JMW: The intellect and the will require rich nourishment. The life of learning provides it. That life has always been founded in the poetic. The first great philosophers, Plato and Aristotle, were effectively commentators on Homer and Hesiod. Poetry comprehends the intellectual life, because it gives us clear imitations of actions, it gives us stories, and it gives us ideas, and it does so in such a way that we sense whatever we grasp, whatever we understand, but opens up onto a still deeper mystery.

Catholics know that the intellect reaches fulfillment not in science, that is, in a clear and comprehended understanding, but in a knowledge that at once understands perfectly and yet sees there will always be an infinite excess to that understanding. Beauty conveys that: it gives us definite form, or truth, but with it, splendor. If our spiritual and intellectual lives are not grounded in poetry, then that is a definite sign that we are failing to appreciate the way in which truth abides in mystery and the knowledge of God is not like a formula we can use but a light into which we wish to stare, in awe, forever. This must be why Dostoyevsky said, “Beauty will save the world.” Beauty is the dimension of reality that communicates all this to us. Once again, beauty is telling us something about being, about reality, that truth as we normally conceive it doesn’t quite.

RTS: You are in your 40s, so you were born years after the new Mass was introduced in 1969. What has been your experience of the traditional Latin Mass?

JMW: Oh, to be sure. The first dialogue Masses were introduced in America the year my parents were married! I believe I am of one mind with Pope Emeritus Benedict. I believe that the Ordinary and Extraordinary form are not “stylistic choices” or “aesthetic preferences.” They are forms that manifest the form of the sacred mysteries. Their respective beauties are expressive of truth and the Being of God and the order He has made. The Ordinary form perhaps better expresses the communion of the Mystical Body; the Extraordinary form better expresses the divine majesty of that Body, as it is, after all, Christ’s body. One better conveys the love of friendship, the other the love of awe and of fear. It is clear that the good qualities of the ordinary form are easily, too easily, subjected to abuse or perversion, to cooptation into secular emotions. It is also clear that awe, fear, and mystery are what is most missing from our day and what is most needed. When I hear the Latin Mass, I am so relieved that the Church is able to give these things to us.

RTS: Some people who attend an Extraordinary Form Mass for the first time hate it because they prefer the community orientation of Ordinary Form. But many others have reported loving the Extraordinary Form exactly for its formal qualities, and because it is oriented towards God rather than towards the worshipping community. Do you think the appeal of poetry written in traditional meter might be related in any way to the appeal of the traditional Latin Mass?

JMW: I do think so. That is exactly what I think. In both cases, we have refinement that is not mere ornamentation, but is the tightening of expression until, like a taut violin string, it may play an exact note. In both cases, beauty is recognized, again, as the splendor of truth, and aesthetic form is one with the form of the real, with what is.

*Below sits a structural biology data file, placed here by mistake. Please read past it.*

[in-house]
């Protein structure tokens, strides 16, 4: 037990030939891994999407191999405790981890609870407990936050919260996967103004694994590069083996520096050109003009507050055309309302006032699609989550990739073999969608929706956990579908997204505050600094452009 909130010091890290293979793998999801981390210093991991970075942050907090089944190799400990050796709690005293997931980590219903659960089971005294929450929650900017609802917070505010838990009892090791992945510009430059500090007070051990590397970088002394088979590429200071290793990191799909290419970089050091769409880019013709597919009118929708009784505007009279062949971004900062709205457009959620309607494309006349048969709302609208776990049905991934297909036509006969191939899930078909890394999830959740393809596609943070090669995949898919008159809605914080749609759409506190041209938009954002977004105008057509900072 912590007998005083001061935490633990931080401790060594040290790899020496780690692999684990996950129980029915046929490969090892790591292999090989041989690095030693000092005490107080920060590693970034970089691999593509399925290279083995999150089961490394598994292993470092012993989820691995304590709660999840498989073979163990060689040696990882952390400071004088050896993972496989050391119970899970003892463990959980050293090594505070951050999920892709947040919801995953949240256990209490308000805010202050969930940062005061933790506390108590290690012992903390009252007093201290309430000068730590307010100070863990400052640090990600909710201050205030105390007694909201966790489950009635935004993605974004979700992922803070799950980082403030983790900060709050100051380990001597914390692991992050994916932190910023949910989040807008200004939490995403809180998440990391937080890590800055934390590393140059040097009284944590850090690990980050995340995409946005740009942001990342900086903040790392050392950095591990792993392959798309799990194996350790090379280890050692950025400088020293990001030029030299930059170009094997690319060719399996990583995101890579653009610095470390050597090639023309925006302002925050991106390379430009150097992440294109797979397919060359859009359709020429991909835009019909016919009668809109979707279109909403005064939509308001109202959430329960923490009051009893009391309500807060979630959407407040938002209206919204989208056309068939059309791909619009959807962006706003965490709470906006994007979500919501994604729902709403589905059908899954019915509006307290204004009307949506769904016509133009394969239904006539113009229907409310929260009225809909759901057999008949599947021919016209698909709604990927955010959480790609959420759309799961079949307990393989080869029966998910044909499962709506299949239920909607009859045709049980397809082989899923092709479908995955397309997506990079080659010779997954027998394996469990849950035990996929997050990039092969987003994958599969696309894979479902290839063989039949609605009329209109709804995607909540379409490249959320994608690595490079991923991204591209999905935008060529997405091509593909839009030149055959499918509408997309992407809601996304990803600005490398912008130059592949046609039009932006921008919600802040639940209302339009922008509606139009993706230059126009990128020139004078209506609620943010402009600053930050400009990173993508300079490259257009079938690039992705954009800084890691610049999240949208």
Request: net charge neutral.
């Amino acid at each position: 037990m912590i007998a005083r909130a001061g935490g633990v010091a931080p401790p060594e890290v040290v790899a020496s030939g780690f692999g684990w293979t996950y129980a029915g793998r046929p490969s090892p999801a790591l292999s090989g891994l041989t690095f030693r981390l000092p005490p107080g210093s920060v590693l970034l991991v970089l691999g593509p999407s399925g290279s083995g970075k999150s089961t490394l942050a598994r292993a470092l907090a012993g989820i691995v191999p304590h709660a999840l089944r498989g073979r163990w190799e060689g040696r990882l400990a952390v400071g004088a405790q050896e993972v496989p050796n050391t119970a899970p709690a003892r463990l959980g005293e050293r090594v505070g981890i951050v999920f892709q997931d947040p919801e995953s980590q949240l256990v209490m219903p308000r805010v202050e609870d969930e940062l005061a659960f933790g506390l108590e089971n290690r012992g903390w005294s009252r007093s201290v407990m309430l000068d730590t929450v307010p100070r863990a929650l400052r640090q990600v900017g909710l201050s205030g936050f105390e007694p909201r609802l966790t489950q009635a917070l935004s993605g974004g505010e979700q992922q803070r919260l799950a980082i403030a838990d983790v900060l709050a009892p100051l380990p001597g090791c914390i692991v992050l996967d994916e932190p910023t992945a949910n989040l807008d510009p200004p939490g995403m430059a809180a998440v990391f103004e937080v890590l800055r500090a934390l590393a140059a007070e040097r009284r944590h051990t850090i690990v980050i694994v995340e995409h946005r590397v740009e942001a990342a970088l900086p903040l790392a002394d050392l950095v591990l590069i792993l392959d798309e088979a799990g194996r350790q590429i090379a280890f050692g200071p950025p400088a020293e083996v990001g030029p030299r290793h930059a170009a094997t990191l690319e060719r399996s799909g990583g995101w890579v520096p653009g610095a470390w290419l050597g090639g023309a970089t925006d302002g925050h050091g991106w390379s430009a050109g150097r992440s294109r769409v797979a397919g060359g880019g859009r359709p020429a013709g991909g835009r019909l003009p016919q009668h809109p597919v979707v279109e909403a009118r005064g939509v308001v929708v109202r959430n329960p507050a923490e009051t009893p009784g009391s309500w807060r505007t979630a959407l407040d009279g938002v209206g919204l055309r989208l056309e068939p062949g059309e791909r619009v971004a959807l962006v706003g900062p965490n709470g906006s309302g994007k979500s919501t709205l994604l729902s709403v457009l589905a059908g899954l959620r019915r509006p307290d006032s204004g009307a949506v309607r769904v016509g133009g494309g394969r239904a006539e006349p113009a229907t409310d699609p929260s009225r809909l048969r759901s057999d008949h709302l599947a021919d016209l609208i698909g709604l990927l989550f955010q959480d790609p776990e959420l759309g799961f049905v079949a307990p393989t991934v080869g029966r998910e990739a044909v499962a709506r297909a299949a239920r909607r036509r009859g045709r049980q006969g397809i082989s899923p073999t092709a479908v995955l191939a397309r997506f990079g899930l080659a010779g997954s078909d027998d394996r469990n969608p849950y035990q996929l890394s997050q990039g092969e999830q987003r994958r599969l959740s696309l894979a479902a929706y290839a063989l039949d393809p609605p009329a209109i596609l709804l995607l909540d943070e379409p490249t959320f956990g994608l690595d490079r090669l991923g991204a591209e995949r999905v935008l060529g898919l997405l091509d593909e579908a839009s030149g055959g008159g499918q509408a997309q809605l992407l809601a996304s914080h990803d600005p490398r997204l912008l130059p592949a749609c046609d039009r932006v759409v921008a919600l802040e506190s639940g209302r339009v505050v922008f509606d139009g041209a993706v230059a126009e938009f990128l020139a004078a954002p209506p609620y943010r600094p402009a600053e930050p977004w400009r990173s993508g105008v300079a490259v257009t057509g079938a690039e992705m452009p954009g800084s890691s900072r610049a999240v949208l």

This article is also published in Winter issue of the Latin Mass Magazine in an edited form. Republished with permission.

  1. Roseanne T. Sullivan, “On the River of the Immaculate Conception: An Interview with James Matthew Wilson,” Dappled Things, Mary Queen of Angels 2019 issue; online posting date unspecified. Retrieved 7 December 2020 from < https://tinyurl.com/RiverInterview>.
  2. James Matthew Wilson, “News and Events,” retrieved 7 December 2020 from <https://www.jamesmatthewwilson.com/news-and-events>.
  3. Michael Farmer, “Christian Humanist Profiles 208: The Strangeness of the Good,” The Christian Humanist, 30 November 2020, retrieved 7 December 2020 from <https://tinyurl.com/StrangenessOfTheGoodPodcast>.
Roseanne T. Sullivan About Roseanne T. Sullivan

Roseanne T. Sullivan is a writer from the Boston area who currently lives in San José, CA. Many of her writings and photographs have appeared in the Latin Mass Magazine, at the New Liturgical Movement, in Regina Magazine, National Catholic Register, at the Dappled Things blog, Deep Down Things, and other publications. Her own intermittently updated blog, Catholic Pundit Wannabe, is at catholicpunditwannabe.blogspot.com.

Comments

  1. Avatar Francis Etheredge says:

    Thank you for a helpful introduction to major Catholic poets, names and works completely unknown to me and the better for being told them; being a lesser being, I invite readers to consider two works of my own, if not three: “The Prayerful Kiss”, “Honest Rust and Gold” (with Guest poets e.g. Annabelle Mosely and James Sale) and “The Family on Pilgrimage: God Leads Through Dead Ends” (all published by En Route Books and Media); and, indeed, a fourth: “Conception: An Icon of the Beginning”, which also has poetry in it and not all mine (also published by En Route). God bless, Francis.